Italy extends COVID-19 state of emergency for three more months

The government officials in Italy announced today that the nationwide COVID-19 state of emergency, due to expire on December 31, 2021, has been extended until March 31, 2022.

The country’s government, on Tuesday, approved a new decree authorizing the extension of the national state of emergency for another three months.

New decree confirms the Italian government’s special powers in terms of anti-COVID-19 rules and regulations, and health crisis management.

The decree allows the central government to keep in place the latest anti-COVID-19 restrictions issued to contain the fourth pandemic wave during the Christmas and New Year holidays.

Among such rules is the mandatory use — from December 6 to January 15 at least — of a “super green pass” – the certificate that shows proof that a person has been vaccinated or has recovered from the COVID-19 in the last six months, in order to access public venues such as restaurants and bars, movie theaters, gyms, nightclubs and stadiums.

Non-vaccinated people will still be required to show a “normal” green pass (which includes proof of a negative COVID test) to access any other venues and to use public transportation.

According to the Italian legislation, the state of emergency allows the cabinet to legislate and act faster, avoiding lengthy bureaucratic procedures, but only in the sectors related to the emergency.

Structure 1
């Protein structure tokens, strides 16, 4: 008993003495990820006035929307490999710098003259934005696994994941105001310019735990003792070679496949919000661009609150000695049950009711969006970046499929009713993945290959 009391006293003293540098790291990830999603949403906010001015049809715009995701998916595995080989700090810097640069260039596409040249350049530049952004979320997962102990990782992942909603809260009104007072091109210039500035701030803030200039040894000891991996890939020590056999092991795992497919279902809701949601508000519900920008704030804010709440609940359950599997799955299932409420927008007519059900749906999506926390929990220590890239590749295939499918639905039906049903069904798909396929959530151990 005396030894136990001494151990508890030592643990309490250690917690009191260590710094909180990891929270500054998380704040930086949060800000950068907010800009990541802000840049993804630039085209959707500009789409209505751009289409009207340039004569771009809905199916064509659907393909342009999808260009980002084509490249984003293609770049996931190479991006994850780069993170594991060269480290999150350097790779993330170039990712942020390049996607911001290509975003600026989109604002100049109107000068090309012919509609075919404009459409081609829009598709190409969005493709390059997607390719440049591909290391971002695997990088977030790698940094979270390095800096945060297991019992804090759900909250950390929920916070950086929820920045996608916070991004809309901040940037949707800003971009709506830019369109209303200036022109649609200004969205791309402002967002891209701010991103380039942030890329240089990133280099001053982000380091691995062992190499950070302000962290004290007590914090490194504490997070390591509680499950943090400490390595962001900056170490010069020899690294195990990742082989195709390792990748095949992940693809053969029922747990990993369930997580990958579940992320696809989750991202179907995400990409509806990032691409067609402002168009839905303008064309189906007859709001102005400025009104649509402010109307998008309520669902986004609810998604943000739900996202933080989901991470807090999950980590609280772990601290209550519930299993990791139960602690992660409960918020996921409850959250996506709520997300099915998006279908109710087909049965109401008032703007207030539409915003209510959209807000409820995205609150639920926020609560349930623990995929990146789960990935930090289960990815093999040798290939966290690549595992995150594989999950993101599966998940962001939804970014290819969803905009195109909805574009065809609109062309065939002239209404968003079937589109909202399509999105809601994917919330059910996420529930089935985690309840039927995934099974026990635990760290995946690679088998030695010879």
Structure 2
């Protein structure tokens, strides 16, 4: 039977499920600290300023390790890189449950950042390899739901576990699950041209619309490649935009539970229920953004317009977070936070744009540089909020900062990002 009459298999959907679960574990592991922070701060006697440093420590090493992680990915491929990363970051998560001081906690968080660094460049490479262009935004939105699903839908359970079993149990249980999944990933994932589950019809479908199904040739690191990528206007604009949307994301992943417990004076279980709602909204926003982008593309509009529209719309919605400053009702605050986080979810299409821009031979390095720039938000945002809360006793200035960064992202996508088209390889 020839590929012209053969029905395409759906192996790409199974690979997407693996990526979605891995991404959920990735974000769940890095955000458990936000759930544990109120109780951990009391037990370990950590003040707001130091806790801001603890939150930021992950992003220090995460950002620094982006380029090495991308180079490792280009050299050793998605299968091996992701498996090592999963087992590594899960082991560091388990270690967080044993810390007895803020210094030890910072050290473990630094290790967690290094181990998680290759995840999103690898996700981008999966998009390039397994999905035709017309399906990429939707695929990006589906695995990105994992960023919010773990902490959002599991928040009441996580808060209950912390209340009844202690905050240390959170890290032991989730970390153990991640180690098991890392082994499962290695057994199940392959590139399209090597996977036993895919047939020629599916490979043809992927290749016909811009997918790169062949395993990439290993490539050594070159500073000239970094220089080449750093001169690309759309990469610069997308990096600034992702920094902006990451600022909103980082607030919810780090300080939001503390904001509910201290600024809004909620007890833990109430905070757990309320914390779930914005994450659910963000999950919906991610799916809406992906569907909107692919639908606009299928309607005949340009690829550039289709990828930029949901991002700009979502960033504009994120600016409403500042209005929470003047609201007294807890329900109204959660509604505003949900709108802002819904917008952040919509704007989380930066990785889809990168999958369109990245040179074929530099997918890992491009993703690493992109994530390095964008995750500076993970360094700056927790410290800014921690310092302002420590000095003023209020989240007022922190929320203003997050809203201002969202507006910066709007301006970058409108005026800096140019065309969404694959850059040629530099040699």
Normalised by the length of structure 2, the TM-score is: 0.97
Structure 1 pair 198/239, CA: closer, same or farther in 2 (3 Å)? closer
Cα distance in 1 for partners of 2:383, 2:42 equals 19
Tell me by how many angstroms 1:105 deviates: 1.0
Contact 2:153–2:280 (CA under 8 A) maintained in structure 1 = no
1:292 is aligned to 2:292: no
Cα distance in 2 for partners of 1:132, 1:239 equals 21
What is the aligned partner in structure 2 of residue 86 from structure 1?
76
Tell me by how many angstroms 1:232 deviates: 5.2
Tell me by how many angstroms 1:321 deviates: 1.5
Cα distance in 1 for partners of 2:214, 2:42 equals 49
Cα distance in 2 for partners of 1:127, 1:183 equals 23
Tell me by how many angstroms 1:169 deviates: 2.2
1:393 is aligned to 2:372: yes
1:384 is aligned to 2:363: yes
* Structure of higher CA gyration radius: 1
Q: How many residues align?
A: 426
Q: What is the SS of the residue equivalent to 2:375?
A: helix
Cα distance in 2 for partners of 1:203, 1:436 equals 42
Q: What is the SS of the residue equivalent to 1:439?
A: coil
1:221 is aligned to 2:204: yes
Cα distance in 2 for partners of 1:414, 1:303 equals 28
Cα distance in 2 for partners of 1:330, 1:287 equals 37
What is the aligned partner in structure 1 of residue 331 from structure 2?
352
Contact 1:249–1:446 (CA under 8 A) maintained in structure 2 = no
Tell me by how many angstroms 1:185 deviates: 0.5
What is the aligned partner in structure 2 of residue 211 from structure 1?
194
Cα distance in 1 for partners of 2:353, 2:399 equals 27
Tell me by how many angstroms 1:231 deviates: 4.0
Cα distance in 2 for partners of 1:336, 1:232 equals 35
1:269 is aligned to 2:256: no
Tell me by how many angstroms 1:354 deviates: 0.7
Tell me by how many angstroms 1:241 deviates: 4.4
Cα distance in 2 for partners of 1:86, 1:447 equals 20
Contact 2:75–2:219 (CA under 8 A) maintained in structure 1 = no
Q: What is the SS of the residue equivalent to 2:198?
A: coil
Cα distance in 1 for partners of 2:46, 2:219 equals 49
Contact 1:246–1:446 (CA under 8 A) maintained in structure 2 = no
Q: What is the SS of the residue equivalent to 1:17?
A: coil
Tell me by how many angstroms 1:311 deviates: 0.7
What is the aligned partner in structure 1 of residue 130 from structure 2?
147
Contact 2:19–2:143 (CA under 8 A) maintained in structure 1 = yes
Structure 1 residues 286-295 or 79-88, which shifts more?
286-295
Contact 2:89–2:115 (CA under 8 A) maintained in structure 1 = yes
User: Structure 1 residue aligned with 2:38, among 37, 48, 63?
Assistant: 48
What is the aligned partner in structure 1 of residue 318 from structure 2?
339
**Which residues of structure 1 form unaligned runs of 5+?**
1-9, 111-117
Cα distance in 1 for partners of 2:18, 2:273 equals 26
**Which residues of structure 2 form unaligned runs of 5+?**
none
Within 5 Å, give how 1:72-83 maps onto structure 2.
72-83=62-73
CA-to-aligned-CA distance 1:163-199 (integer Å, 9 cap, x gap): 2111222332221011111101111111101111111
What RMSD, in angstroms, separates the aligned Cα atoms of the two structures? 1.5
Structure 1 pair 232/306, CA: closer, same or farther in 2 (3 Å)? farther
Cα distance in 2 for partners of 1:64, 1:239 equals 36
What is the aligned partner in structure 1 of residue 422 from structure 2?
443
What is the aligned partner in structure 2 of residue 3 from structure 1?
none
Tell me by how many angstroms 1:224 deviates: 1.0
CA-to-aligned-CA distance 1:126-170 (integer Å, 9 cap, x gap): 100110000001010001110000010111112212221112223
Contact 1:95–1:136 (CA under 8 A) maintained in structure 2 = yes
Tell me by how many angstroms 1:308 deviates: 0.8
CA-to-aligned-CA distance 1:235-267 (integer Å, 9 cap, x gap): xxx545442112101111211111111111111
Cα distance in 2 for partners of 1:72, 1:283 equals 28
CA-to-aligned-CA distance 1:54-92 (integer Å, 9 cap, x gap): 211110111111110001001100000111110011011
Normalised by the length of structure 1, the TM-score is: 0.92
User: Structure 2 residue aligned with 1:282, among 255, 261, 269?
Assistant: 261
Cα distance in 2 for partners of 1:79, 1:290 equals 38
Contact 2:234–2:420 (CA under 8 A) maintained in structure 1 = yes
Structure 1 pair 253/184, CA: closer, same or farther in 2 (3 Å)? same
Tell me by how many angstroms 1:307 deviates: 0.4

The decision to extend the state of emergency was widely accepted across Italy‘s political spectrum and beyond the government coalition.

This broad consensus would likely help Prime Minister Mario Draghi’s cabinet, since the decree will have to be voted and approved by the parliament through a specific law.

By law, a state of emergency can be declared in Italy for 12 months, and possibly extended for another 12 months, making a maximum of 2 years.

During the COVID-19 pandemic, the emergency was firstly declared on January 31, 2020 – when the first COVID-19 cases were registered in Rome – for a period of six months and then extended several times.

In order to keep the state of emergency in place beyond the 2-year period, a specific bill will have to be approved by both chambers of the country’s parliament.

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